How you, me, and everyone can be famous | Garry Ho

While Western technology companies gain momentum in a shift to broadcasting real-time social media, most noticeably seen in Facebook and Instagram’s livestreaming functionalities, you may be surprised to know how popular it is in China already. This internet sector, having barely existed three years ago, produced revenues of more than 30 billion yuan ($4.3 billion US) in 2016 and is predicted by investment bank China Renaissance Securities to more than triple by 2020. Just to add perspective, China’s 2016 box office ticket sales were $5.8 billion US.

So you might ask, how is watching your smartphone even comparable to the cinemas? In many ways, livestreaming has come to occupy a niche most appropriately, albeit awkwardly, described as: on-demand-user-catered-frivolous entertainment. If that wasn’t baffling enough, try watching the content. From eating noodles to appease a few hundred bored viewers, dedicated broadcasters perform requests ranging from: “eat a maggot” to “wear a pink wig, red lipstick, sparkly mermaid tail and a bra while dancing”. It may seem unmerciful, but these broadcasters, many who see livestreaming as an intermediate path to achieving a traditional celebrity status, earn lucrative wages up to 80 000 Yuan ($11 000 US) per month – an extraordinary figure given the seemingly simple toolkit of just a smartphone and an Internet connection. But to capture, maintain and grow a loyal fan-base (from the 344 million netizens who used livestreaming applications in 2016), a skillset encompassing dancing, singing, personable conversation and humour is oftentimes barely enough.

And extraordinary lengths are taken to expand that ‘toolkit’, as Jing Qi, a part time presenter on streaming platform Huajiao can attest to. After an ordeal of rhinoplasty and facial fat injections that left her feeling “worse than dead”, Qi believed her increased attractiveness would incentivise more viewership, the majority of which are single men. Consequently, it isn’t surprising that they are often colloquially labelled diaosi (“losers”).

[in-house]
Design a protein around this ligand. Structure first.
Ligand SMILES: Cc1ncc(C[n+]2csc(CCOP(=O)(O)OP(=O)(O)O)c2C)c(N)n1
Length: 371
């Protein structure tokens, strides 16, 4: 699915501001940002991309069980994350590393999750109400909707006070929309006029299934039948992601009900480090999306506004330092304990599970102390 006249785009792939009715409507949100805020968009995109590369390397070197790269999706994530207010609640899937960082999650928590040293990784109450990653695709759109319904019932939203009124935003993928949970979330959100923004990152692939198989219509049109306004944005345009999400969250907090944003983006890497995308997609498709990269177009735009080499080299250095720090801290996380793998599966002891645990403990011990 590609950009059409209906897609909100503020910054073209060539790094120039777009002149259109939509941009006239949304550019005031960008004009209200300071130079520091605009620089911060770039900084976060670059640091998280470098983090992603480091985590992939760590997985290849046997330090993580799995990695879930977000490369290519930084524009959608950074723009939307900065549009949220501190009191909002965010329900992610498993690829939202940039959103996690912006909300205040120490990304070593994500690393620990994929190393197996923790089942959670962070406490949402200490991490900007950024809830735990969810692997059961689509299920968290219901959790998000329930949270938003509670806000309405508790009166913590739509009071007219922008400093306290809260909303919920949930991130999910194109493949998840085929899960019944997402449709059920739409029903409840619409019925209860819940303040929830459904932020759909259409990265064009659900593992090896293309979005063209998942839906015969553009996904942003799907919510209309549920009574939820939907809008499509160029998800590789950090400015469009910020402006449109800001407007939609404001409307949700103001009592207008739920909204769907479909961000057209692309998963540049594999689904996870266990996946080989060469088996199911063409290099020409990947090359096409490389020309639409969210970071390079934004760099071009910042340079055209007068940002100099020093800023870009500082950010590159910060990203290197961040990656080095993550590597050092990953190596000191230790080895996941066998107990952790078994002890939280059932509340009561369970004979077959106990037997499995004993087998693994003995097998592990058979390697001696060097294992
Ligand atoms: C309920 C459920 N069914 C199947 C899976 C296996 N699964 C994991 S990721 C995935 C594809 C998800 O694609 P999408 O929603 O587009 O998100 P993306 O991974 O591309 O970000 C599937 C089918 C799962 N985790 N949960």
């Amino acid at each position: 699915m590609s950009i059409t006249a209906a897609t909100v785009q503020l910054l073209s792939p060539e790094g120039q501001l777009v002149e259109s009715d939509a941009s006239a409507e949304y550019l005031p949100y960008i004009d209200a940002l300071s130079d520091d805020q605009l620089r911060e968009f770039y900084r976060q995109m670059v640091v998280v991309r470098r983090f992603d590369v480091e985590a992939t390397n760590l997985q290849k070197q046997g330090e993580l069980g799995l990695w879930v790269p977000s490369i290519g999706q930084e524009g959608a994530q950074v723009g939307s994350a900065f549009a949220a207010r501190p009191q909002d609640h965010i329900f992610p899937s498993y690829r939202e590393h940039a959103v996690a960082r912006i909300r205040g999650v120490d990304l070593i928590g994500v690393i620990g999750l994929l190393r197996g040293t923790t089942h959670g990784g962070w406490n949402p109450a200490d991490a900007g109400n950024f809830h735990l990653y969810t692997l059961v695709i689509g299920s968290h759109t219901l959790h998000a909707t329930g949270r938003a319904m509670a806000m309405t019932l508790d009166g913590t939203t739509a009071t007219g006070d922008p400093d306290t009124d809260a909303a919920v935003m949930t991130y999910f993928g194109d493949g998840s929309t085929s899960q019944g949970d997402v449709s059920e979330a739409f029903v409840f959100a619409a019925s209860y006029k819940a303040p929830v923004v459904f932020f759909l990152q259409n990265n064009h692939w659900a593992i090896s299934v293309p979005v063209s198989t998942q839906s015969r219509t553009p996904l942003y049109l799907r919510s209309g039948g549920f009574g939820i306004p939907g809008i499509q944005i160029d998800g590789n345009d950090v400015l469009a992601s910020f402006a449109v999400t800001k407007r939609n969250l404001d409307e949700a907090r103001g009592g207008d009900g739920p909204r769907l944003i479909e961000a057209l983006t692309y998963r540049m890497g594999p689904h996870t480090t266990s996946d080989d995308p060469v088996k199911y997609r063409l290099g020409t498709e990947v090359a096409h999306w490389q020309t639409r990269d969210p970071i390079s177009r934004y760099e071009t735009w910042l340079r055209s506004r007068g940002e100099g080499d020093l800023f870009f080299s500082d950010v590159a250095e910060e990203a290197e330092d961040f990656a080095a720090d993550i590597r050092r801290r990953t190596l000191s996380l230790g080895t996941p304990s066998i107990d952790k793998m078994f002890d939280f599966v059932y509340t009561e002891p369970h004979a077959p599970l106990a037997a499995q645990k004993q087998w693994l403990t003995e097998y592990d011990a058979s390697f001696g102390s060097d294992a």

The business premise lies in viewers purchasing virtual gifts to send as tokens of appreciation to their favoured broadcasters, who in turn are incentivised to create content catered to their viewers’ interest. These gifts may be virtual roses, sports cars or villas ranging from $0.5 to 140 US, and are redeemable in part, for cash. Essentially monetising real time interaction, the livestreaming industry has grown such that agencies recruit talented broadcasters to perform on dozens of live-streaming platforms. In its Beijing office, dozens of Three Minute TV’s female anchors work in small computer-facing booths – singing, flirting and chatting with fans to earn more virtual gifts. The cash redeemed from these gifts is then split between the platform, the agency and the anchor. Deng Jian, chairman of one such agency named Three Minute TV, described his business as a ‘militarised’ production machine to feed the livestreaming industry.

More than what many would consider another vehicle for corporate greed however, the livestreaming platform plays an important role in generating income in lower-tier cities. Often equipped with fast broadband connection but limited employment opportunity, popular applications such as Inke, Momo and Uplive allow individuals an alternative to the saturated university graduate market and an opportunity to develop fun social relationships whilst earning compensation. In a country as geographically diverse as China, men and (mostly) women in more isolated cities are increasingly embracing the opportunity to become ‘internet celebrities’ in their own right.

Having recently realised that primary school weekend classes were more than just another parental nag, Garry plans to (re)learn Chinese in the next two years so that he can properly order any dish from a restaurant menu. He is currently majoring in Economics and studies a Bachelor of Liberal Arts and Science.